Six things to know about the GST bill

The GST-related bill was passed by Rajya Sabha on 3 August 2016. Sangeet KR Gupta of Finsys studies its impact on the print industry.

05 Aug 2016 | By PrintWeek India

GST is going to impact businesses of many firms in the print industry. For example, the commercial printer who was levying only 2% CST will also have to shift to a higher 18% GST. But auto components manufacturers selling to Honda SPD, the tax will come down from 26% to 18%.

Furthermore, Modified Value Added Tax (MODVAT) opportunities will increase.

Ask your chartered accountant or auditor to work on the relevant provisions as they apply to your specific case individually and in a personalised way. Simply because, there will be a lot of media hype on this.

The reasons for the media hype are: It's not a GST bill, it's a Constitution (122nd Amendment) Bill 2014 which will pave the way for introduction of three separate bills on GST. This is important to understand, as there is a different procedure for a constitutional amendment bill to become a law as compared to any other normal bill (including GST bill which is yet to be introduced). Therefore, apart from getting a nod from both houses of the Parliament, it must be ratified by at least half the number of total state legislature that is 15 out of 29 members, which is not the case for any normal bill and an approval from the President of India.

To become a reality, the legal travails which GST has to fight are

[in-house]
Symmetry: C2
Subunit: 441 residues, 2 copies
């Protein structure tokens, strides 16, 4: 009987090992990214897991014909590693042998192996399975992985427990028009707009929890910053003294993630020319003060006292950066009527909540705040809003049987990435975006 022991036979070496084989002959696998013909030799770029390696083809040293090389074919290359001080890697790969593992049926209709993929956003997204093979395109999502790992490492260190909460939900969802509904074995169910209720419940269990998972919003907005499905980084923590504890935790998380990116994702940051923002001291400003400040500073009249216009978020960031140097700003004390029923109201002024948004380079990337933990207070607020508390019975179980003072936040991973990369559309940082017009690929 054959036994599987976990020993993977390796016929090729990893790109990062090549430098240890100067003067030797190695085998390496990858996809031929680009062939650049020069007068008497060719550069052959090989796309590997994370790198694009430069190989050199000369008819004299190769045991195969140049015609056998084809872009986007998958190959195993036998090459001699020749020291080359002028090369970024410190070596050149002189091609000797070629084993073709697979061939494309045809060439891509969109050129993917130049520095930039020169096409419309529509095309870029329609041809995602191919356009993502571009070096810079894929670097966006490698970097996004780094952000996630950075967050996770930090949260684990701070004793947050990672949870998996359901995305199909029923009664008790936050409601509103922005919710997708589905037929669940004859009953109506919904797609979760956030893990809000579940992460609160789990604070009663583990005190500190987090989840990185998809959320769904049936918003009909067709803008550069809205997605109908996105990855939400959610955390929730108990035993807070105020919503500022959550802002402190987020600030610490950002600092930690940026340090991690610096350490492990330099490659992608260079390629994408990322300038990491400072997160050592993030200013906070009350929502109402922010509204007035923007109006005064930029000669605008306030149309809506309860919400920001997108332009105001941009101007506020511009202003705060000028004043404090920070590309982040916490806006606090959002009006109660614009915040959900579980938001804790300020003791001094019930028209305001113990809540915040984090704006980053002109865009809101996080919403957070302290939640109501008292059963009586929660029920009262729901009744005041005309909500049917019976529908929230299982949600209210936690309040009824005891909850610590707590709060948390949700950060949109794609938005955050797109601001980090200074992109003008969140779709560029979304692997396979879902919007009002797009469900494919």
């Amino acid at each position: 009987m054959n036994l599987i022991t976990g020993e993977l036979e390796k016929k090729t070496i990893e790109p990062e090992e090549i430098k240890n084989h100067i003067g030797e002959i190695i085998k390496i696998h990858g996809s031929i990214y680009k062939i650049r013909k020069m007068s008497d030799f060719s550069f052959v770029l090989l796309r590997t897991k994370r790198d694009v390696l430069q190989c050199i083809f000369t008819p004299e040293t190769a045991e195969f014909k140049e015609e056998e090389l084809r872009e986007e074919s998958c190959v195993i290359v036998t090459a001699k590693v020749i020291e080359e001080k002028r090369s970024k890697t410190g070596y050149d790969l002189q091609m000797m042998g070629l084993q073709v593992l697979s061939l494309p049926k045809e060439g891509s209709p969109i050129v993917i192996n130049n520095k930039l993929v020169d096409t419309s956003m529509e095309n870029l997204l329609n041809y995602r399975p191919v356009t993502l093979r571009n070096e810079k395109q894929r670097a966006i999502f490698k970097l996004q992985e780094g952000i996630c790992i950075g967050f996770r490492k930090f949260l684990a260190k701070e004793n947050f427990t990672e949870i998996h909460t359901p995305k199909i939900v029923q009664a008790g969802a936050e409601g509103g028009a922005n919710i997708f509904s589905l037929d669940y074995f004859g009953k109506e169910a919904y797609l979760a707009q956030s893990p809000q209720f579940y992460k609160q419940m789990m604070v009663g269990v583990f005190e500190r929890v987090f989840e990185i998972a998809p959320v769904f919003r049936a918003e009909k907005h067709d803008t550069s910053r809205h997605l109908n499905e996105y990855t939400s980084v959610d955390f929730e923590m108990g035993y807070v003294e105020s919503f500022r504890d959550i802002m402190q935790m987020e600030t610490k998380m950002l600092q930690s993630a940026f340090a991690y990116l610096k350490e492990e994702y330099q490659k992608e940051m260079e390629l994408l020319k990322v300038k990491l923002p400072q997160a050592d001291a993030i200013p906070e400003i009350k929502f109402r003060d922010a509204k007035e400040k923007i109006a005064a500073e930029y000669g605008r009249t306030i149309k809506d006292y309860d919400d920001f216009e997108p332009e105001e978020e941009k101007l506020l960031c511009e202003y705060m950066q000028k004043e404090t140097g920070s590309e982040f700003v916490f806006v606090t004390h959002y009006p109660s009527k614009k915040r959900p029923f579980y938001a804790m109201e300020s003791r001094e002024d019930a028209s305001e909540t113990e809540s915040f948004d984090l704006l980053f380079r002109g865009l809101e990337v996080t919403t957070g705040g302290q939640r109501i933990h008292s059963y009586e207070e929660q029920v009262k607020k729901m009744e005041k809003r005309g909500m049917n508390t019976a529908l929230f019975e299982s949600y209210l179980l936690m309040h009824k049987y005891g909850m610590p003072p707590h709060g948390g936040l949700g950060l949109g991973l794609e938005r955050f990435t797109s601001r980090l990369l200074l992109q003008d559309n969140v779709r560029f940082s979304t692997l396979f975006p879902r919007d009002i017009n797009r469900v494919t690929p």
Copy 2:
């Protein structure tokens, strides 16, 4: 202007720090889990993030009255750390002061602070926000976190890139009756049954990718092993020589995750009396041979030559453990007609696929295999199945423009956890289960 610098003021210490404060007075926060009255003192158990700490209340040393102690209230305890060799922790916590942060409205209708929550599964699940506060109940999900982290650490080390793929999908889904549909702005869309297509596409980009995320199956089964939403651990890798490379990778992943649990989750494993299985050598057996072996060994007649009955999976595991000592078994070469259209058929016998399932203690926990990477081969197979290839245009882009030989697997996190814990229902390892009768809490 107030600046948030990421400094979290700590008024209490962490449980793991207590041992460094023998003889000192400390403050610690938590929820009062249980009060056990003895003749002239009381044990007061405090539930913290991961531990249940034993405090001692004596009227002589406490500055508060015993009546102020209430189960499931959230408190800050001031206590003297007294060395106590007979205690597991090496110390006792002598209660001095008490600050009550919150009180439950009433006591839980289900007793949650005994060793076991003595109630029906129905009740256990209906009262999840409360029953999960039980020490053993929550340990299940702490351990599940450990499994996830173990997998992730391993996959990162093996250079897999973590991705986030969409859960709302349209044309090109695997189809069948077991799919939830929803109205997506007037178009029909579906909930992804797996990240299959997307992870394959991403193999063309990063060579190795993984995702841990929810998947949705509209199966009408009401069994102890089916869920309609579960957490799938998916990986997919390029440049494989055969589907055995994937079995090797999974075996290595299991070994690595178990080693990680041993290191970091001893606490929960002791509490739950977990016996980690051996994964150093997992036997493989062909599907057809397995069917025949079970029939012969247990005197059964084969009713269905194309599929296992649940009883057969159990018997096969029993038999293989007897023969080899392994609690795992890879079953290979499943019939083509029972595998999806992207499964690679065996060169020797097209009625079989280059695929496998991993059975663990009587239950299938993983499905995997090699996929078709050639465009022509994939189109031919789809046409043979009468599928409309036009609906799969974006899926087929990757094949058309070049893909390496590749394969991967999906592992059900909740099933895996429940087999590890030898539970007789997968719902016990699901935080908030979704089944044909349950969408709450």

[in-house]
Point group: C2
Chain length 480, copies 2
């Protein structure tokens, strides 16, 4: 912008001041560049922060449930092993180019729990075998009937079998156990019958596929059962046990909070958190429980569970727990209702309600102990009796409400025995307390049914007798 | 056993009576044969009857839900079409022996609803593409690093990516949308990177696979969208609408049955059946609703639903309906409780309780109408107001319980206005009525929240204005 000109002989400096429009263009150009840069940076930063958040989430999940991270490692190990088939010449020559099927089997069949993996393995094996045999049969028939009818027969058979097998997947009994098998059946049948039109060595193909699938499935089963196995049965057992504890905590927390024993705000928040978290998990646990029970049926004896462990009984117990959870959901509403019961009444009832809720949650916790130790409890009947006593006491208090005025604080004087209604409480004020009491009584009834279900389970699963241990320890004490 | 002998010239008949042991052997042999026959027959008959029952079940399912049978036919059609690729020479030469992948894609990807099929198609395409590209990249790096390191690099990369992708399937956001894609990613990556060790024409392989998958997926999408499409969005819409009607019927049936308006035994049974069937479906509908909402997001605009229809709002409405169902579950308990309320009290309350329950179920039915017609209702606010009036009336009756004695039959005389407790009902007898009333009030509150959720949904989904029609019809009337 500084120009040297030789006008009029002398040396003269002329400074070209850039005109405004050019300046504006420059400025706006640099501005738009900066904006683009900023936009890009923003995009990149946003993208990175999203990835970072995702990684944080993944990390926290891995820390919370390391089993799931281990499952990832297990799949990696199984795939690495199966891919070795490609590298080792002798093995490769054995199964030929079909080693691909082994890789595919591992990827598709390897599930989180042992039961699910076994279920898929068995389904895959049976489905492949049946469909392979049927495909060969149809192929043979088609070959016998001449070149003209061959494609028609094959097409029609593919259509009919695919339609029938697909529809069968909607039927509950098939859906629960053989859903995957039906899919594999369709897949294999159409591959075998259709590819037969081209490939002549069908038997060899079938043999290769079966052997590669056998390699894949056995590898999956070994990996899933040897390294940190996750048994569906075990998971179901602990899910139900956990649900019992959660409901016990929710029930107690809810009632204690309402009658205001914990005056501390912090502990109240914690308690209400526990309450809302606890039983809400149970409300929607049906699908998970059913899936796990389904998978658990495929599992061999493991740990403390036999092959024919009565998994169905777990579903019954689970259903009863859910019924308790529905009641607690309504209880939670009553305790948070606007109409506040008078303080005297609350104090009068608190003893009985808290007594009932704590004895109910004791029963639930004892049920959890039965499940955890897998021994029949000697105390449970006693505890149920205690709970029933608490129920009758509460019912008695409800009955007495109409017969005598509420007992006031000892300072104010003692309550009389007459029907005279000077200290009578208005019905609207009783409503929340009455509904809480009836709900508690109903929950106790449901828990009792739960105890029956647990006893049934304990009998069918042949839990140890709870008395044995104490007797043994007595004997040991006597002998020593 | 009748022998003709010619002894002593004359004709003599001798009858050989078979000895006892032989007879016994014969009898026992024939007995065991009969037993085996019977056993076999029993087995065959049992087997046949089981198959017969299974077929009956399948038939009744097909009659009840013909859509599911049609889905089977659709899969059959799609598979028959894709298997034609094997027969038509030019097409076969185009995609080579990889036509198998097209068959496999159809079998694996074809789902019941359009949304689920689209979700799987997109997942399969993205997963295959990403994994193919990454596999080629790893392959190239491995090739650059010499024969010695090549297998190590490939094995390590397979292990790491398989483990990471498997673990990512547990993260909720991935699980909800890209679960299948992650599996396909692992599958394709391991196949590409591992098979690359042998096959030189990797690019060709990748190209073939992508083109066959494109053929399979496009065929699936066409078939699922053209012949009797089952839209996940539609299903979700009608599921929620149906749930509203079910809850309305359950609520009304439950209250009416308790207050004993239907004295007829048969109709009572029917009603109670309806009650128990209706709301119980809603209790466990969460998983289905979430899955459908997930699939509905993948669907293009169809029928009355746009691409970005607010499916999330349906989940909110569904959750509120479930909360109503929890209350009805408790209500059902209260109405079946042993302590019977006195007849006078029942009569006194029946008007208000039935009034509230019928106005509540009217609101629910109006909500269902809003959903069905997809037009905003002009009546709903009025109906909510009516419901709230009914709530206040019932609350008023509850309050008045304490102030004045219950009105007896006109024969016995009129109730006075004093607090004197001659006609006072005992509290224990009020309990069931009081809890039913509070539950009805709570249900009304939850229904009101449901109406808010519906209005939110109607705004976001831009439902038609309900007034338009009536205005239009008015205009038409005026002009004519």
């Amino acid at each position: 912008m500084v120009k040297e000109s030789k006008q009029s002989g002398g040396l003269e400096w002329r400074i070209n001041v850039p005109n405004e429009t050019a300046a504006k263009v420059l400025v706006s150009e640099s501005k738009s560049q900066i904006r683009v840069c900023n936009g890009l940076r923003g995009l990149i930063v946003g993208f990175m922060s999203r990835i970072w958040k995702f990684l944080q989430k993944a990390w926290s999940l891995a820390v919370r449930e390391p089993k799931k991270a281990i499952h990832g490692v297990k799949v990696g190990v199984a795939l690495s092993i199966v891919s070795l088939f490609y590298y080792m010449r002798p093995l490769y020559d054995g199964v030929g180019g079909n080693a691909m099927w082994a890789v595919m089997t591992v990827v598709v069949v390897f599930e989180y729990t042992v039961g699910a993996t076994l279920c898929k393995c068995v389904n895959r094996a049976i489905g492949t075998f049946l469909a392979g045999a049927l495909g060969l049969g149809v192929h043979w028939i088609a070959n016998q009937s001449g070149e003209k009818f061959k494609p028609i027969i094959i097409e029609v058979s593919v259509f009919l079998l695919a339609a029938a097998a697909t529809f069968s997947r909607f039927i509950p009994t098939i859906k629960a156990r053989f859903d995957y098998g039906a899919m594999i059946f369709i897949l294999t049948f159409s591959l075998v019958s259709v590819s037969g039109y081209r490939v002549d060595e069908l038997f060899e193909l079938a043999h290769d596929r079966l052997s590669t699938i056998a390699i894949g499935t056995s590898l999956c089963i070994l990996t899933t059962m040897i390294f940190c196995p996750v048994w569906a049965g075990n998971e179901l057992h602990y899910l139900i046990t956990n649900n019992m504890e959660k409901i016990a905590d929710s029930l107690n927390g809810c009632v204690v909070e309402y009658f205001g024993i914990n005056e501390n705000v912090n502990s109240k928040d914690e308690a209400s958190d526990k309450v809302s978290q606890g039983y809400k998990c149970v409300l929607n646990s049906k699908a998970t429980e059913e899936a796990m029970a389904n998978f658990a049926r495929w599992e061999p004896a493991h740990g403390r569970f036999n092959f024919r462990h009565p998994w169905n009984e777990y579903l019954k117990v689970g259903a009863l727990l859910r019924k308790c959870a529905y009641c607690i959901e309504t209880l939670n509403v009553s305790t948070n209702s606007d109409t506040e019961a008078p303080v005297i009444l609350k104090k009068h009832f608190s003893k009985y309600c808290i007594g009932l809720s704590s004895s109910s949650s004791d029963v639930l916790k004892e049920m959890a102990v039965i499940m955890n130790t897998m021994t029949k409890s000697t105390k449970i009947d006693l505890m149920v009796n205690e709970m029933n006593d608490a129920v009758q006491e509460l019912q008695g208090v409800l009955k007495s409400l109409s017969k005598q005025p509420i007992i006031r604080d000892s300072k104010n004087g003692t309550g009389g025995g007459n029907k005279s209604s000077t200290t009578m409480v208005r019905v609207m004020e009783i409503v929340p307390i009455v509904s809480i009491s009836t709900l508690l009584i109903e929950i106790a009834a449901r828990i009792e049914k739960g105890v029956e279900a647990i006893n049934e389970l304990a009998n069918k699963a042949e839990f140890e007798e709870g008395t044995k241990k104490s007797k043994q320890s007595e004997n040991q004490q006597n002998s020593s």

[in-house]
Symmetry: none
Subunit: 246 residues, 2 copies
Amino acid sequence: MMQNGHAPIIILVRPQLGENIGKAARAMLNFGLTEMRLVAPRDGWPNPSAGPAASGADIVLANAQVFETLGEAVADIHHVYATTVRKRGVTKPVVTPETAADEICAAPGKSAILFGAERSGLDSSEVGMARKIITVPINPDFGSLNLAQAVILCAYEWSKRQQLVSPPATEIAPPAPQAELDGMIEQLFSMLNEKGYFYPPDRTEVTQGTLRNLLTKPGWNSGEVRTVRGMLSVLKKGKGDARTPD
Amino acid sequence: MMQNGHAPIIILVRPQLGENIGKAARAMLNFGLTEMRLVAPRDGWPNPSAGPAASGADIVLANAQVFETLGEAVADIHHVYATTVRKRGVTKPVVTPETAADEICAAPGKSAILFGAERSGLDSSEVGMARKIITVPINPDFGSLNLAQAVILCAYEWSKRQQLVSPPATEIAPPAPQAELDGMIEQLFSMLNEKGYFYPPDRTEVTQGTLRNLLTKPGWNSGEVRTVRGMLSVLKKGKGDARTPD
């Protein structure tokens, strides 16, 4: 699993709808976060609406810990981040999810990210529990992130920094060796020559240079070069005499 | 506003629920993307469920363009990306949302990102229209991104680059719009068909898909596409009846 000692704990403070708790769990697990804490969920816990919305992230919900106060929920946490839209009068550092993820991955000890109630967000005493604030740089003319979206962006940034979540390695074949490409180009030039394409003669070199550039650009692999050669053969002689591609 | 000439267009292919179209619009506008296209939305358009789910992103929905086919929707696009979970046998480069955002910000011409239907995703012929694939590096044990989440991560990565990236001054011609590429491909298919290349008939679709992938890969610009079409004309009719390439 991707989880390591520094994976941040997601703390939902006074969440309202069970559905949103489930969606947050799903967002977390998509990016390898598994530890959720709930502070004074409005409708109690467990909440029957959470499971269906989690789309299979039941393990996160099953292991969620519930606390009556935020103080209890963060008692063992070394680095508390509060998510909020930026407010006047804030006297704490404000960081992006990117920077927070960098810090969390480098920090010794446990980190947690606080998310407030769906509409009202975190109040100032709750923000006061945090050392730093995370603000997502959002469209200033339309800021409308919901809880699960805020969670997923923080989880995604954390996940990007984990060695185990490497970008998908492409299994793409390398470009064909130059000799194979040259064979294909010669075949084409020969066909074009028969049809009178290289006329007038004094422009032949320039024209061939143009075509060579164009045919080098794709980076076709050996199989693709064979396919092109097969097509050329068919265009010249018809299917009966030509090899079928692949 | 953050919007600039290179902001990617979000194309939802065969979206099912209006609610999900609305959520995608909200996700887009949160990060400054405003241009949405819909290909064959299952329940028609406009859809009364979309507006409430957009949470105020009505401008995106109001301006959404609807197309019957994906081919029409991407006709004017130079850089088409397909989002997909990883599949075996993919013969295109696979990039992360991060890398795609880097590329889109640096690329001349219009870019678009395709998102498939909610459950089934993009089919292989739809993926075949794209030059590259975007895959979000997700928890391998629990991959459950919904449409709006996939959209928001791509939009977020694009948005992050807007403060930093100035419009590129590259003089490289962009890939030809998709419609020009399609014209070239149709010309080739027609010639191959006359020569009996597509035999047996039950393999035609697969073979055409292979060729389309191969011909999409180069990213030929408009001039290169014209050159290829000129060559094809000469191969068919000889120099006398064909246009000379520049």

1. Bill must be passed by Lok Sabha (though it was earlier passed by Lok Sabha but since bill in Rajya Sabha is passed with six amendments so the same bill must be passed in Lok Sabha as well).

2. At least 15 states must ratify the bill in their respective legislative assembly or where there is a bicameral legislature then by both the legislative assembly and legislative councils (seven such states to be precise that is Andhra Pradesh, Telangana, Bihar, Jammu-Kashmir, Karnataka, Maharashtra and Uttar Pradesh).

3. The assent of President of India is required. Plus for the passing of the three bills on GST, the Parliament will have to pass legislation on central GST (CGST) and Integrated GST (IGST).

4. All 29 states and seven Union Territories will have to pass their state GST (SGST) Acts. The dates of implementation of CGST, SGST and IGST have to be negotiated and synchronised.

5. Judicial review on constitutional validity like the NJAC bill which was unanimously passed but struck down by Supreme Court saying it's un-constitutional; this bill also has to pass the litmus test of judicial review. The reason being AIADMK members walked out from Rajya Sabha saying Tamil Nadu will lose Rs 9270 crore (according to their estimates). And so, most likely they will challenge the constitutional validity of the bill in Supreme Court. To my knowledge they may take the stand that it's against the federal spirit of India which violates the basic feature of the Constitution. This can't be amended as per one of the earlier ruling of the Supreme Court.

6. Software portal and mechanism for managing all this has been outsourced and work is in progress.

Conclusion: There is a long procedure for GST to become a reality. All that has transpired on 3 August is merely a formality and the formality needs to be complied. It will take some time as so many bills needs to be passed at the Centre and State level. Having said so, one does not deny the fact that GST is a virtual reality awaiting us.

Be prepared. Stay prepared.

Sangeet KR Gupta is director at Finsys Infotech. This piece is co-authored with Puneet Gupta and M L Gupta.